Flipped Fingerplan

The ‘Green Networks’ scenario within DK2050, the national project on Denmark’s transition towards a low carbon society, envisions Copenhagen 2050 as a much larger city than the one we know today. According to the scenario, there will be up to 35% more Copenhageners in 2050.

How can Copenhagen effectively respond to the challenges of a growing population, while in the same time preserving its attractiveness as a liveable world city?


Accessibility by public transport combined with proximity to recreation areas have been

the main guidelines for the development of the Copenhagen metropolitan area since the ‘Fingerplan’ from 1947, which structured the urban development in 5 ‘fingers’ along radial commuter train lines, which extended from the dense urban 'palm' fabric of central Copenhagen, with in-between green areas for recreation, forests and agriculture.

With the municipal area fully developed in 2014, and the ongoing urban densification and transformation of former industrial areas to be completed by 2030, there is an urge for identifying new expanding opportunities for urban development. Where to build?

Light Rail Loop

The recently established metro has already improved the connectivity of the metropolitan area, and the upcoming metro ring-line and light rail will further improve the accessibility, while in the same time opening up for new attractive development opportunities.

By developing a Southern and a Northern light rail ‘arm’ which cross the harbour, the whole city can be connected by a light rail loop. The new light rail loop, together with a new traffic road ring, open up for new investment possibilities along the Eastern coast of the island of Amager, while in the same time securing an infrastructural ‘lifeline’ which eschews the city centre.

From Shit Island to urban center

When the finger plan was initially conceived, the island of Amager was not included, as the infrastructure was considered inadequate for modern life.

The new infrastructure supports the development of Amager, initiated after the Second World War by its Western reclaimed area extension Kalvebod Fælled, the Ørestad and metro development started in 1992, and the latter Eastern 2-km-long artificial island extension Amager Strandpark (Amager Beach Park) started in 2004.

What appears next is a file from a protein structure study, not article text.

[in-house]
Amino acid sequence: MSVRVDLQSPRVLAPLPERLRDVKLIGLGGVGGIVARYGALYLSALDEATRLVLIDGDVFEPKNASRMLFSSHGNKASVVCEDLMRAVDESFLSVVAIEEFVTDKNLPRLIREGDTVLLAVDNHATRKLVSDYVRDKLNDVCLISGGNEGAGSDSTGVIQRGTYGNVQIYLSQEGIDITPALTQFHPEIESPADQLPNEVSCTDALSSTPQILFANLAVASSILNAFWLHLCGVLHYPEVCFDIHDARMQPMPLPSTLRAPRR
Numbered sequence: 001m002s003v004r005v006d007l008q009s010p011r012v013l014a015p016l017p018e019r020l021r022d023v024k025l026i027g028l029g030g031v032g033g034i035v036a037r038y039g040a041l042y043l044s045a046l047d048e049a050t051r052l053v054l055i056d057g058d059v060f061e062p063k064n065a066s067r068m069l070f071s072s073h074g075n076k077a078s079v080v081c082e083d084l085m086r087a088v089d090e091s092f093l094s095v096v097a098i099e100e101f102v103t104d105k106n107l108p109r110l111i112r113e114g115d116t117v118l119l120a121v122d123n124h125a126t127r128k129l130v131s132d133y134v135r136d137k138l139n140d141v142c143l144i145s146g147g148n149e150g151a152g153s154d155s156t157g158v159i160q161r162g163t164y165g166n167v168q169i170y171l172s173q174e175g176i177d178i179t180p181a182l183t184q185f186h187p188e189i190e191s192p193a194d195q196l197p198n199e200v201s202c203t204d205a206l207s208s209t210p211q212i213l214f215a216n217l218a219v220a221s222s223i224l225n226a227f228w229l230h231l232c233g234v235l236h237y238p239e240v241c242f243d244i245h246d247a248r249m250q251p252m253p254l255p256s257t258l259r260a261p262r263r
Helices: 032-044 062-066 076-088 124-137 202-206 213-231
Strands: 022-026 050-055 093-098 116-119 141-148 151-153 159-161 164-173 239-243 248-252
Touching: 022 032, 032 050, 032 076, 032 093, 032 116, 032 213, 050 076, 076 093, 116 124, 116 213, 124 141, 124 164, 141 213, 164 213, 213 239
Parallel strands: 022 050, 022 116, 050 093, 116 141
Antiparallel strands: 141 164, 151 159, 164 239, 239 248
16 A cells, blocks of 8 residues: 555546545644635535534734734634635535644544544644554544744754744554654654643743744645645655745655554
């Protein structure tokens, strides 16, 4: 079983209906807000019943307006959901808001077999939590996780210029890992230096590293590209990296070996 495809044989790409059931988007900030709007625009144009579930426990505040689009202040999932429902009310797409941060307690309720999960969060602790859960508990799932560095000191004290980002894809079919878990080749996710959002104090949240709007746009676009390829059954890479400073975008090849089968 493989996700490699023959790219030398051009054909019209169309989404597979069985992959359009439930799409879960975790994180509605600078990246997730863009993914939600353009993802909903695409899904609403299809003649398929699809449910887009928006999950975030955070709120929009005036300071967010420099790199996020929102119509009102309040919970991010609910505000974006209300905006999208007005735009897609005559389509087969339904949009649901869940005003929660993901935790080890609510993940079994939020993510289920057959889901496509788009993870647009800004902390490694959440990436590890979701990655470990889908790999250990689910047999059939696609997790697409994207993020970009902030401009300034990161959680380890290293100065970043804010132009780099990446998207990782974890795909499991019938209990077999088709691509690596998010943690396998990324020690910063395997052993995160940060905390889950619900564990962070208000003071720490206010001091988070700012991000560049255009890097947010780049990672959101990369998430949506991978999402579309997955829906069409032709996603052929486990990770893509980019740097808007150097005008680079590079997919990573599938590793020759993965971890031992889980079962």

It transforms Amager from disconsidered dump place for Copenhagen’s litter into an attractive hotspot for urban development. From Shit Island to sustainable urban environment. From overseen periphery to new ‘palm’ center for a ‘Flipped Fingerplan’, paradoxically enabling city growth in a prime city location.

The ‘Flipped Fingerplan’

The ‘Flipped Fingerplan’ will masterplan the future urban development of Copenhagen according to well proved principles of combining effective transportation with urban development and continuous in-between green areas– with a ‘blue’ twist: Copenhagen will be enabled to grow into the Øresund Strait by means of an intelligent evolution!

As a result, Copenhagen will consolidate its position as regional centre for the larger Øresund metropolitan area spanning both Denmark and Southern Sweden.

Client: Danish Architecture Center DAC, in partnership with Realdania, along with the Danish Ministry of Culture, the Danish Ministry of Environment, the Danish Ministry of Business and Growth, and the Danish Ministry of Climate and Building, City of Copenhagen

Project support: Grundejernes Investeringsfond (Landowners’ Investment Fund), Statens Kunstfond (Danish Arts Foundation), Rambøll

Program: Scenarios for a fossil-free Denmark in 2050, development of Copenhagen as part of the Green Networks scenario

Year: 2014

Location: Copenhagen, Denmark

Team: Serban Cornea, Kristina Jordt Adsersen, Henrik Ulsfort, Marcin Kruk, Julia Berenguer, Martina Skalicka, Carina Nissen, Claudia Scappini

Collaborators: Damvad & Kairos Future (report ‘Fire veje til grøn vækst’ - 'Four roads towards green growth'), Rambøll Engineers (report 'Grader af grøn omstilling' - 'Degrees of green transition'), Pauliina Koskinen Tonboe

Status: Commission, MUTOPIA has been head of the entire architectural production, as well as co-curator along with DAC